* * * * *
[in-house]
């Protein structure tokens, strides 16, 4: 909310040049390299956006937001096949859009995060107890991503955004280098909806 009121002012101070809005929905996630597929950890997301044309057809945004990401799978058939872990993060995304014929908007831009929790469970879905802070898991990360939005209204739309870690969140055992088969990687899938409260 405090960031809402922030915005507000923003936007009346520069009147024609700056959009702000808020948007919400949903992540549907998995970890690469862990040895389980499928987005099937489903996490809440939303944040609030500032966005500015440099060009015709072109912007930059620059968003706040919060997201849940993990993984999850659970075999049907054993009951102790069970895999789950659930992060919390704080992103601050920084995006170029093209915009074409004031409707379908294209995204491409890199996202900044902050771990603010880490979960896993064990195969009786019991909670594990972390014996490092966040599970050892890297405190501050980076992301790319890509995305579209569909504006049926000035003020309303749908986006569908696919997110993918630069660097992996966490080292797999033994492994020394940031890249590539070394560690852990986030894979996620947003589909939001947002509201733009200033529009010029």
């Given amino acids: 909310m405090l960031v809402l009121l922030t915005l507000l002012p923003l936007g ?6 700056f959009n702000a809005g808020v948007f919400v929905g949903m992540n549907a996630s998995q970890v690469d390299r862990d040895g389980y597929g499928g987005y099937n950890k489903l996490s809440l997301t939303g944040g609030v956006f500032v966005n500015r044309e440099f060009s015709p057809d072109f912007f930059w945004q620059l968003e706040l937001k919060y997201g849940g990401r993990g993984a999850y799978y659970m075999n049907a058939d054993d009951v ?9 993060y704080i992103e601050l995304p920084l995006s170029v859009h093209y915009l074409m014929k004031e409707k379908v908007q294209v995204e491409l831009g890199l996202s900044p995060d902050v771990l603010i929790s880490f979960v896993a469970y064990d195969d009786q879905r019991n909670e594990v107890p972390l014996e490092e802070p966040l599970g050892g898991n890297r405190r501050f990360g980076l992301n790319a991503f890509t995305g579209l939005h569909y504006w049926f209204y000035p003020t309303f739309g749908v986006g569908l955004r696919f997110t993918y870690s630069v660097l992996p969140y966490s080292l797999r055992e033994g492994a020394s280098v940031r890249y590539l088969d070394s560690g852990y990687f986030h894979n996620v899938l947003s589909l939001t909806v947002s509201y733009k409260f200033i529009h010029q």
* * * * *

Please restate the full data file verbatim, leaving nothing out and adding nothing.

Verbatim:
[in-house]
């Protein structure tokens, strides 16, 4: 909310040049390299956006937001096949859009995060107890991503955004280098909806 009121002012101070809005929905996630597929950890997301044309057809945004990401799978058939872990993060995304014929908007831009929790469970879905802070898991990360939005209204739309870690969140055992088969990687899938409260 405090960031809402922030915005507000923003936007009346520069009147024609700056959009702000808020948007919400949903992540549907998995970890690469862990040895389980499928987005099937489903996490809440939303944040609030500032966005500015440099060009015709072109912007930059620059968003706040919060997201849940993990993984999850659970075999049907054993009951102790069970895999789950659930992060919390704080992103601050920084995006170029093209915009074409004031409707379908294209995204491409890199996202900044902050771990603010880490979960896993064990195969009786019991909670594990972390014996490092966040599970050892890297405190501050980076992301790319890509995305579209569909504006049926000035003020309303749908986006569908696919997110993918630069660097992996966490080292797999033994492994020394940031890249590539070394560690852990986030894979996620947003589909939001947002509201733009200033529009010029």
């Given amino acids: 909310m405090l960031v809402l009121l922030t915005l507000l002012p923003l936007g ?6 700056f959009n702000a809005g808020v948007f919400v929905g949903m992540n549907a996630s998995q970890v690469d390299r862990d040895g389980y597929g499928g987005y099937n950890k489903l996490s809440l997301t939303g944040g609030v956006f500032v966005n500015r044309e440099f060009s015709p057809d072109f912007f930059w945004q620059l968003e706040l937001k919060y997201g849940g990401r993990g993984a999850y799978y659970m075999n049907a058939d054993d009951v ?9 993060y704080i992103e601050l995304p920084l995006s170029v859009h093209y915009l074409m014929k004031e409707k379908v908007q294209v995204e491409l831009g890199l996202s900044p995060d902050v771990l603010i929790s880490f979960v896993a469970y064990d195969d009786q879905r019991n909670e594990v107890p972390l014996e490092e802070p966040l599970g050892g898991n890297r405190r501050f990360g980076l992301n790319a991503f890509t995305g579209l939005h569909y504006w049926f209204y000035p003020t309303f739309g749908v986006g569908l955004r696919f997110t993918y870690s630069v660097l992996p969140y966490s080292l797999r055992e033994g492994a020394s280098v940031r890249y590539l088969d070394s560690g852990y990687f986030h894979n996620v899938l947003s589909l939001t909806v947002s509201y733009k409260f200033i529009h010029q």